post-contrast sagittal 3D T1 gradient echo with axial and coronal
reformations, post-contrast axial spin echo T1 with fat
suppression, axial diffusion weighted imaging were performed on a
3.0 Tesla system.

...Rest of the note follows....

Running Deid

Once you’ve got your data ready to go and all of your lists are customized, you’re finally ready to run the program. There is a configuration file, but it’s well documented so I won’t supply the details here. The major configuration changes I made were to disable the physician name list and make sure deid was not running in the “gold standard corpus” mode. You have to at least make the latter change since you’re running on your own data and not the gold standard data.

Here’s the command to run the program:

perl your_notes_here deid.config

Note that you need to pass the config file in as well as the file name you’re using. One minor annoyance that caused me grief at first: the input file that contains the notes must have the extension “.text” and you cannot pass the extension on the command line. So in the example above, there would be a file called “your_notes_here.text”. If I had actually passed the full filename, I would have gotten an error. Once it’s running, you’ll have some time to kill depending on the speed of your computer and the amount of data you’re processing.

Analyzing Deid Output

Deid will produce several output files:

  • *.phi file- Includes the locations of all phi identified by deid on a per-note basis.
  • *.res file- The actual de-identified output
  • *.info file- A listing of words that were and were not removed as well as the identity assigned to each. Words identified, but not removed are on lines with a “#”

Identifying Phrases Removed Incorrectly

In general, I found the .info file to be the most useful file to find out how deid is performing. It is especially helpful in identifying words that deid thinks are names, but are not removed because they don’t meet some other criterion. Likewise, it is useful to find things that were removed that are probably not PHI. To get the most out of it on a large data set without pulling your hair out, you’ll need to brush up on the unix tools grep, sed, and uniq. Those, combined with some hefty regular expressions can generate the necessary lists for further analysis. As mentioned above, if you’re on Windows, there are  ports of these tools you can use as well.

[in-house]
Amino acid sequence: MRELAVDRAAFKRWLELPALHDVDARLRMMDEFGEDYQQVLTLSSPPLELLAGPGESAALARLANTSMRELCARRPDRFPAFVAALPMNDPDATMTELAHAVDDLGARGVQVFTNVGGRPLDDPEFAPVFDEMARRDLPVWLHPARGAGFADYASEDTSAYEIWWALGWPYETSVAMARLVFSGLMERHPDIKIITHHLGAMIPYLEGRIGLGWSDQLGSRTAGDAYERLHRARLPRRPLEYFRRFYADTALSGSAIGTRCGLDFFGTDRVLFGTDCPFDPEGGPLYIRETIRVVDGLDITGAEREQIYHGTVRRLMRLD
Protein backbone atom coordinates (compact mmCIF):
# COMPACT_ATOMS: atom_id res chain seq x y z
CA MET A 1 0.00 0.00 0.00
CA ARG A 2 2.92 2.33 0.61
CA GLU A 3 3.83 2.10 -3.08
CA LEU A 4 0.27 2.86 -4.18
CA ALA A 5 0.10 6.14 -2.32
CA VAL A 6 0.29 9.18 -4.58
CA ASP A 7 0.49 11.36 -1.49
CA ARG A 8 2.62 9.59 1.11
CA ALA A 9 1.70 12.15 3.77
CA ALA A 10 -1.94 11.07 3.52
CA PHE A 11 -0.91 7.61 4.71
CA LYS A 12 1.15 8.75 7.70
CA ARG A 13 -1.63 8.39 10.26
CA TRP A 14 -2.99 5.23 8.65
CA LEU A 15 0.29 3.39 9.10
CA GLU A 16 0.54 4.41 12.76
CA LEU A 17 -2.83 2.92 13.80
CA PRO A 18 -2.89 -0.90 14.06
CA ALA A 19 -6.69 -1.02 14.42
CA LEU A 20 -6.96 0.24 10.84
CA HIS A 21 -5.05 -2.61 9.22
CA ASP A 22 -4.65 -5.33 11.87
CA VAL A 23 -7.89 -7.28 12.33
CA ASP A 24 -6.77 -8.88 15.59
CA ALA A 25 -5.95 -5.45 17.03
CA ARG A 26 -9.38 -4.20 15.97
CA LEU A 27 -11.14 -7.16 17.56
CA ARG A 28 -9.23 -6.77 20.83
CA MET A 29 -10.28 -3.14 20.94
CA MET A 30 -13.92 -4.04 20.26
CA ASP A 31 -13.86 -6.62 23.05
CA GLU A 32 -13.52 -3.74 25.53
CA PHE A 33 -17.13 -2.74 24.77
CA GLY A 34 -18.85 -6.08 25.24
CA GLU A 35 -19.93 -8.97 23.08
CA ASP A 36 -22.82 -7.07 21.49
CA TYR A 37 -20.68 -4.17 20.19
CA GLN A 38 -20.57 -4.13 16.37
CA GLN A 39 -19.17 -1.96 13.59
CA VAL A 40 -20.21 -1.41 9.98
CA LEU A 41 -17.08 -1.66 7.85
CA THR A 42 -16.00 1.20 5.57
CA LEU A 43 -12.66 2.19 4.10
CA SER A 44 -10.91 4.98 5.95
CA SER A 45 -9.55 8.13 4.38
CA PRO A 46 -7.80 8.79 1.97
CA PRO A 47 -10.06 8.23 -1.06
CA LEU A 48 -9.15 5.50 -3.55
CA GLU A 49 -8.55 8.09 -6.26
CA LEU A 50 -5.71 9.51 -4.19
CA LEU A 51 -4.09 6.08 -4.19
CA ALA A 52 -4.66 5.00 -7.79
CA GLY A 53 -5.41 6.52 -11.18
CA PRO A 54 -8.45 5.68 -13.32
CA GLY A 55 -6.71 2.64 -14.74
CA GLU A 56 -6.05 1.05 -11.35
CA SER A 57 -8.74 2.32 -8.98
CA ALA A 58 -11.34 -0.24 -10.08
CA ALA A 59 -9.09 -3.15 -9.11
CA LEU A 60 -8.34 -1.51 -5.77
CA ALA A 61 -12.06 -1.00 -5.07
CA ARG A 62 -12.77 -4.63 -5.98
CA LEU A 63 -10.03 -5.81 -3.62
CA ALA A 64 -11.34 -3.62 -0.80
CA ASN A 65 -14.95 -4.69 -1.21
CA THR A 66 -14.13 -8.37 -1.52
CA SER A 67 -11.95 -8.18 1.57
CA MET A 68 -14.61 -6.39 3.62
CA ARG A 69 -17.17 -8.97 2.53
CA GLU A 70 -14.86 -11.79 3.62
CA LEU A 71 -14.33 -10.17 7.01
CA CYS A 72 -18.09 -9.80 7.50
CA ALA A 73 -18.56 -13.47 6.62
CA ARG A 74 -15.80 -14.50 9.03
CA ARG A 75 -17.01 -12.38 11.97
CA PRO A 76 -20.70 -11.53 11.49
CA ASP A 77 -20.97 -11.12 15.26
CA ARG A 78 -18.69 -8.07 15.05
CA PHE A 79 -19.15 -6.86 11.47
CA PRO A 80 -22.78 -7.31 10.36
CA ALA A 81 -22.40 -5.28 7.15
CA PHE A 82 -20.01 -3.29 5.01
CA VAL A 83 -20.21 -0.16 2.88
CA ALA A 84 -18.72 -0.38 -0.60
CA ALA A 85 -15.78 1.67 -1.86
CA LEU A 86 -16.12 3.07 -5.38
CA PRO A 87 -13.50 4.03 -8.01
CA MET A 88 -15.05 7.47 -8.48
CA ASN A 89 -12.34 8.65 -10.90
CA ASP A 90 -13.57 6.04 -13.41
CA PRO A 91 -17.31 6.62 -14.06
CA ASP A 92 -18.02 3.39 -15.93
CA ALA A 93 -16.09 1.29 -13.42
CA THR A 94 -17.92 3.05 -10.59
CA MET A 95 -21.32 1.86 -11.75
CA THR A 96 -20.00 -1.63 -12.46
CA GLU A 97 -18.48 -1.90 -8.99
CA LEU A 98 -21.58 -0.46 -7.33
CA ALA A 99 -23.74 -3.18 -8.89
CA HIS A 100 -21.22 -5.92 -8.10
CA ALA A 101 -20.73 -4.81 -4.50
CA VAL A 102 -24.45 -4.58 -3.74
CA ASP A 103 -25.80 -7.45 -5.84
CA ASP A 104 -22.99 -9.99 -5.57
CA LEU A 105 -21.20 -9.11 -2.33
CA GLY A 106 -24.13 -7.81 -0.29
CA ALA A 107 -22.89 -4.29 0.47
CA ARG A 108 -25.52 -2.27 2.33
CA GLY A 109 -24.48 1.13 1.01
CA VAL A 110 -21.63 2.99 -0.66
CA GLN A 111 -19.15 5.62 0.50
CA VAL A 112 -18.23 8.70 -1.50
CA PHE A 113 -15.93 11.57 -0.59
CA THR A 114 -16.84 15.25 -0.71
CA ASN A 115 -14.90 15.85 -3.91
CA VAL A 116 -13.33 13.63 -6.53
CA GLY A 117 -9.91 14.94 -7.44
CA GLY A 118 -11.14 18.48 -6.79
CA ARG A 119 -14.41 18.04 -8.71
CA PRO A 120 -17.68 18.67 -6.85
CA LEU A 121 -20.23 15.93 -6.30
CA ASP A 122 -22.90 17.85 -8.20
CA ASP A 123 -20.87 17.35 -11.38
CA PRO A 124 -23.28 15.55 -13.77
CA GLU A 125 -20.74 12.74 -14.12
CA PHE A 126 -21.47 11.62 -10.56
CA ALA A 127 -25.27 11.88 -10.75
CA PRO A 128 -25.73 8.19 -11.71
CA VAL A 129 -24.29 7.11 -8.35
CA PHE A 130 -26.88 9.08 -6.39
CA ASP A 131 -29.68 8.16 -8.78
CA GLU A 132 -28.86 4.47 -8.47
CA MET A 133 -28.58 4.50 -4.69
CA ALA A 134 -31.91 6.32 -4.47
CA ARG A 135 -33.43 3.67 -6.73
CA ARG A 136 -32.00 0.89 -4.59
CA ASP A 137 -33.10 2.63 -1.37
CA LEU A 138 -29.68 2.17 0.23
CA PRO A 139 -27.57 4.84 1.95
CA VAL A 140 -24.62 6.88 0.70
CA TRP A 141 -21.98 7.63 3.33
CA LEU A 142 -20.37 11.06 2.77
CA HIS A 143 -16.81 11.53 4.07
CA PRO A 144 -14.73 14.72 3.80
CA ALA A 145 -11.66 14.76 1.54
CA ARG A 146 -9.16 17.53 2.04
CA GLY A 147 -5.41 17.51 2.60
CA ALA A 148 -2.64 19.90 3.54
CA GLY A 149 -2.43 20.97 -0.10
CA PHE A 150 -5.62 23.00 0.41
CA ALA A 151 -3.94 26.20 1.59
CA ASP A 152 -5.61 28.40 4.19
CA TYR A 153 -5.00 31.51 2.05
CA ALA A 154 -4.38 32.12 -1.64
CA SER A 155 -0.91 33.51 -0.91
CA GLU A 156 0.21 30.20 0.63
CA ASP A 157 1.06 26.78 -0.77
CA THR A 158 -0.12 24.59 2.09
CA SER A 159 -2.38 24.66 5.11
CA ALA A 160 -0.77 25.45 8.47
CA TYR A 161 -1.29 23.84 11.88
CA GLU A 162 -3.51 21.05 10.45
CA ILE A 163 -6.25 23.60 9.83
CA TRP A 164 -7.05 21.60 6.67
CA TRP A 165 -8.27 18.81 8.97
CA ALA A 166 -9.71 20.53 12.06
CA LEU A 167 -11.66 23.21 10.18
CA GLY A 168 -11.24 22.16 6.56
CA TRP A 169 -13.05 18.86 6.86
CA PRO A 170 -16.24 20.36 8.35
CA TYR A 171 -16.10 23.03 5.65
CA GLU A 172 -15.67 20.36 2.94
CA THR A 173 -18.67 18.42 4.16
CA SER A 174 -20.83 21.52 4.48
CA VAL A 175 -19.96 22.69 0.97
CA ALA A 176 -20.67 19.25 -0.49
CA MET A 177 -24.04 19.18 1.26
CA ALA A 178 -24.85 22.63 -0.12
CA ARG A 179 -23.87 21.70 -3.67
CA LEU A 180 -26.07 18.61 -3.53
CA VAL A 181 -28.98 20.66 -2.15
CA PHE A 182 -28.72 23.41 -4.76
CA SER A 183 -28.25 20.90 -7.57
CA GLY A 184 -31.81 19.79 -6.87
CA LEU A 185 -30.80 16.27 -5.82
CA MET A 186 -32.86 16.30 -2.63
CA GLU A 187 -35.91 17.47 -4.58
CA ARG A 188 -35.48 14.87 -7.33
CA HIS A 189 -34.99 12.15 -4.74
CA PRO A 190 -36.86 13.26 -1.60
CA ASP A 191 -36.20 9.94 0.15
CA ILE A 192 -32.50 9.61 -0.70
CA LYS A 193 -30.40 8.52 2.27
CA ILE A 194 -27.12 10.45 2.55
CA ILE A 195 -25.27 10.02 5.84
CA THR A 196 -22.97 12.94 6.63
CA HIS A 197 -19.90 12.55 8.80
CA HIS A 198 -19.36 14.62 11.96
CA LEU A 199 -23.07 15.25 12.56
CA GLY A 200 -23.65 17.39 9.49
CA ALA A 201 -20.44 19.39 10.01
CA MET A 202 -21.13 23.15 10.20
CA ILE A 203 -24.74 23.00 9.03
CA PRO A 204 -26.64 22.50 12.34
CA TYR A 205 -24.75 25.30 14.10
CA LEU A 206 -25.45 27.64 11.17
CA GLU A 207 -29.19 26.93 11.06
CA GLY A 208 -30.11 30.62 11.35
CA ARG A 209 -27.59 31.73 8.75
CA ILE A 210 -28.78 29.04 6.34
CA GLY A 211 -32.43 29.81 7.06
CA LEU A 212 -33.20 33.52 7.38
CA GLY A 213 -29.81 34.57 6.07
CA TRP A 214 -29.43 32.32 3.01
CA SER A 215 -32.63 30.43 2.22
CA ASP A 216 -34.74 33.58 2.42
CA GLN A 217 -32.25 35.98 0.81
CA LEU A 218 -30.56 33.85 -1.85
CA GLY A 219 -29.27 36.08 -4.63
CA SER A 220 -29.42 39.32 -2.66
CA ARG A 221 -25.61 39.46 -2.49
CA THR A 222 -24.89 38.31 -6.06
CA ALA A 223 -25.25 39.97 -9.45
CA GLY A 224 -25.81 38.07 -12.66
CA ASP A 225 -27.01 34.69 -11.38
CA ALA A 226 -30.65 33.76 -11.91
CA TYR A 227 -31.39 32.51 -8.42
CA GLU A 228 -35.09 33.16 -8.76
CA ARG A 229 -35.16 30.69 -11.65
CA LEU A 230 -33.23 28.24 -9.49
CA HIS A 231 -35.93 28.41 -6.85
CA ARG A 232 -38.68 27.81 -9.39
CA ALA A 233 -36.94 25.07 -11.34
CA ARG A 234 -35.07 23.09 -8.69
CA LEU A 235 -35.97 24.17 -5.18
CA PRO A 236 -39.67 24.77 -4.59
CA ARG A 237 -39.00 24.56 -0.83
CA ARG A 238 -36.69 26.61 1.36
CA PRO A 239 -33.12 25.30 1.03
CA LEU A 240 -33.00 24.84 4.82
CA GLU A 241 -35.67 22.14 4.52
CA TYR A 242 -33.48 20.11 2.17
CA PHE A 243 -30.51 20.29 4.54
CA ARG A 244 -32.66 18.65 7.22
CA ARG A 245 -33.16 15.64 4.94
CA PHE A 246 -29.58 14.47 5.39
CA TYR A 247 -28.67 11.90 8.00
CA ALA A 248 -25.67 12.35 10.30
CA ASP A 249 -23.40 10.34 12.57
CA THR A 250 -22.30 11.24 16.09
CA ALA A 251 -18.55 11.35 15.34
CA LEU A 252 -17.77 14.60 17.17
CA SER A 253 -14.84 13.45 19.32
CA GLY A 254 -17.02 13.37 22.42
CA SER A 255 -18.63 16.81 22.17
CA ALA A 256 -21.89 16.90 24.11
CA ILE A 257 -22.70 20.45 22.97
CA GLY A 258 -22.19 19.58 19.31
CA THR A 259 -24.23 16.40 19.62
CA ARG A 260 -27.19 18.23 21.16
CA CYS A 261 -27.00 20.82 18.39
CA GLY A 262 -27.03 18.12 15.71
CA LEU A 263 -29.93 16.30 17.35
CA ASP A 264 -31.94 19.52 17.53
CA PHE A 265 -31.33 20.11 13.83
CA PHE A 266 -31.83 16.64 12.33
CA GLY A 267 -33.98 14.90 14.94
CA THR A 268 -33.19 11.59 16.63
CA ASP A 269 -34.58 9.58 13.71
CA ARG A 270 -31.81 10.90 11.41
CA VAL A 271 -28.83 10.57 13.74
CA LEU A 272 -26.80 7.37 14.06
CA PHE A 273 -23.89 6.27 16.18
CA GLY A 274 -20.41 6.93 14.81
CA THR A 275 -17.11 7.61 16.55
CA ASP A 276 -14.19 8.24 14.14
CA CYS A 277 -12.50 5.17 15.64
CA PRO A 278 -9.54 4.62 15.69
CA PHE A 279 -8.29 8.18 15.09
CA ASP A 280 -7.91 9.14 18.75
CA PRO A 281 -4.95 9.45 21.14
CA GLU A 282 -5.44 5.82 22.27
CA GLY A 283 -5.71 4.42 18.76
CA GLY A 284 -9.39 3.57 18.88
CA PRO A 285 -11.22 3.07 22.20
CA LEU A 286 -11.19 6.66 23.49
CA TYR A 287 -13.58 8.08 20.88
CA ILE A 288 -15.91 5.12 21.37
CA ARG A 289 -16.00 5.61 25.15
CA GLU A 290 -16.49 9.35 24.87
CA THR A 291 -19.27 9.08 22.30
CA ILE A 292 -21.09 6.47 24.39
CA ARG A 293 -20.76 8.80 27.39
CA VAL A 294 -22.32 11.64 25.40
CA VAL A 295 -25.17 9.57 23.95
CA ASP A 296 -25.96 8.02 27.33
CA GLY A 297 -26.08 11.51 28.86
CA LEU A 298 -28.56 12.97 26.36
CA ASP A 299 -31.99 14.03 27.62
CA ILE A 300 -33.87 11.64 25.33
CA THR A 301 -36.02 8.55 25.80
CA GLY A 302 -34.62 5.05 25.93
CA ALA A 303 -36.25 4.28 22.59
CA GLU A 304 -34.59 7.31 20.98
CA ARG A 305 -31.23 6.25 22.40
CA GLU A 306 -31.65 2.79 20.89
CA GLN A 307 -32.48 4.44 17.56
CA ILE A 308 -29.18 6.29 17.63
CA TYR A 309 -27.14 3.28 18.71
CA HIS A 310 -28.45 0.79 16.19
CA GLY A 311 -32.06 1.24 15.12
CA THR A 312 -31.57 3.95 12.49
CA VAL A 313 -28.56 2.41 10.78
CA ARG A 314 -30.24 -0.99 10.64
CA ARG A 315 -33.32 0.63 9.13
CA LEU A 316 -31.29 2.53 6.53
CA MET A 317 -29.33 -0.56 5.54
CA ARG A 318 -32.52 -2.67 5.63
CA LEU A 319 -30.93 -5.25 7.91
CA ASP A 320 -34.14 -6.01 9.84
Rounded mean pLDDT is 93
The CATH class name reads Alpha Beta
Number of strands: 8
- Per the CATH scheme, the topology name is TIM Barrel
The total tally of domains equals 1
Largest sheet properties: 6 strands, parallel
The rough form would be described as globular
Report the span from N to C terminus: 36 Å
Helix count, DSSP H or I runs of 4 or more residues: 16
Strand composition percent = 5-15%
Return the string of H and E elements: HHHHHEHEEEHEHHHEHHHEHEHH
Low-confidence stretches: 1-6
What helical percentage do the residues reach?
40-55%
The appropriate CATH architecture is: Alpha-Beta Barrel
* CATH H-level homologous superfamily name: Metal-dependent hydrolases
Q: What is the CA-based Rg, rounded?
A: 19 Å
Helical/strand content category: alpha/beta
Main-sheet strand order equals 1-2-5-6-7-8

In general, I found the following approach useful: do an initial run, identify all the medical terms that must be white-listed, add them to the medical terms list and repeat. Once that is complete, one can then move on to finding names that are not being properly removed. The following command will give counts and a list of each unique item removed from a note, excluding all the lines that list out the patient info:

grep -v '#' | grep -v '^Patient' | sed -e 's/[0-9]*\t[0-9]*\t\([^\t]*\)\t.*$/\1/g' -e 's/[^0-9A-Za-z]$//g' | sort | uniq -i -c | sort -n | more

Whoa! That’s a monster command, let’s break it down:

grep -v #
Recall that the info file marks words that were identified but not removed with a “#”. This command will output all the lines in the info file that contain items actually removed from the input file (if you remove the -v, you’ll get all the items that were identified by deid but skipped). This command is followed by a pipe (“|”) to send the output to the next command

grep -v ‘^Patient’
This part removes lines beginning with “Patient”. These are just informational lines that note when a new patient record is being read. Output from this command is also piped along to the next command

sed -e ‘s/[0-9]*\t[0-9]*\t\([^\t]*\)\t.*$/\1/g’ -e ‘s/[^0-9A-Za-z]$//g’
This command has a bunch going on. The first part uses the “substitute” command to look for a string of digits, followed by a tab, followed by another string of digits, followed by a tab, and then capture anything that isn’t a tab all the way up to the next tab (got that? Good.). The captured text is then used to replace all the other “stuff”. This isn’t the place for a full regular expression tutorial, so we’ll leave it at that. Basically we’re removing a whole bunch of extraneous stuff so we’re left with just the phrase that was removed. The second part of this command cleans up any junk lines left over that we’re not interested in. This is then piped along to…

sort | uniq -i -c | sort -n | more
We’ll take all these at once since they’re simple. This set of commands first sorts the output (“sort”), then we get a count of all the unique lines (“uniq -i -c”), then we sort one final time so the list is in an order we can look at.